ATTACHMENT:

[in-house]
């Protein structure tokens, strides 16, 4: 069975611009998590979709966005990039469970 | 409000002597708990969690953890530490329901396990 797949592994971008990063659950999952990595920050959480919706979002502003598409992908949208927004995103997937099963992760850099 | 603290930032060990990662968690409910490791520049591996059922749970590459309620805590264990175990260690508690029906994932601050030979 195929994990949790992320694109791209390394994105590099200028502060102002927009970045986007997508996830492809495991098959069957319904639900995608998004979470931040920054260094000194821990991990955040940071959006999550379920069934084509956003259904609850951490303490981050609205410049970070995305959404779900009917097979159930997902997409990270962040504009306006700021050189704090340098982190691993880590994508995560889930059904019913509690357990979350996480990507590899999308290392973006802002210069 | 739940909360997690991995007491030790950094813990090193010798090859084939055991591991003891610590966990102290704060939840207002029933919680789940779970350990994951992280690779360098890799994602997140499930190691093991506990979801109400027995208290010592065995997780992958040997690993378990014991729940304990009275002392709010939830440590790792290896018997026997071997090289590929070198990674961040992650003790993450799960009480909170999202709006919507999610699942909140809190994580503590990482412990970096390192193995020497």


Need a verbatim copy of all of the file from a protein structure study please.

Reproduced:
[in-house]
């Protein structure tokens, strides 16, 4: 069975611009998590979709966005990039469970 | 409000002597708990969690953890530490329901396990 797949592994971008990063659950999952990595920050959480919706979002502003598409992908949208927004995103997937099963992760850099 | 603290930032060990990662968690409910490791520049591996059922749970590459309620805590264990175990260690508690029906994932601050030979 195929994990949790992320694109791209390394994105590099200028502060102002927009970045986007997508996830492809495991098959069957319904639900995608998004979470931040920054260094000194821990991990955040940071959006999550379920069934084509956003259904609850951490303490981050609205410049970070995305959404779900009917097979159930997902997409990270962040504009306006700021050189704090340098982190691993880590994508995560889930059904019913509690357990979350996480990507590899999308290392973006802002210069 | 739940909360997690991995007491030790950094813990090193010798090859084939055991591991003891610590966990102290704060939840207002029933919680789940779970350990994951992280690779360098890799994602997140499930190691093991506990979801109400027995208290010592065995997780992958040997690993378990014991729940304990009275002392709010939830440590790792290896018997026997071997090289590929070198990674961040992650003790993450799960009480909170999202709006919507999610699942909140809190994580503590990482412990970096390192193995020497």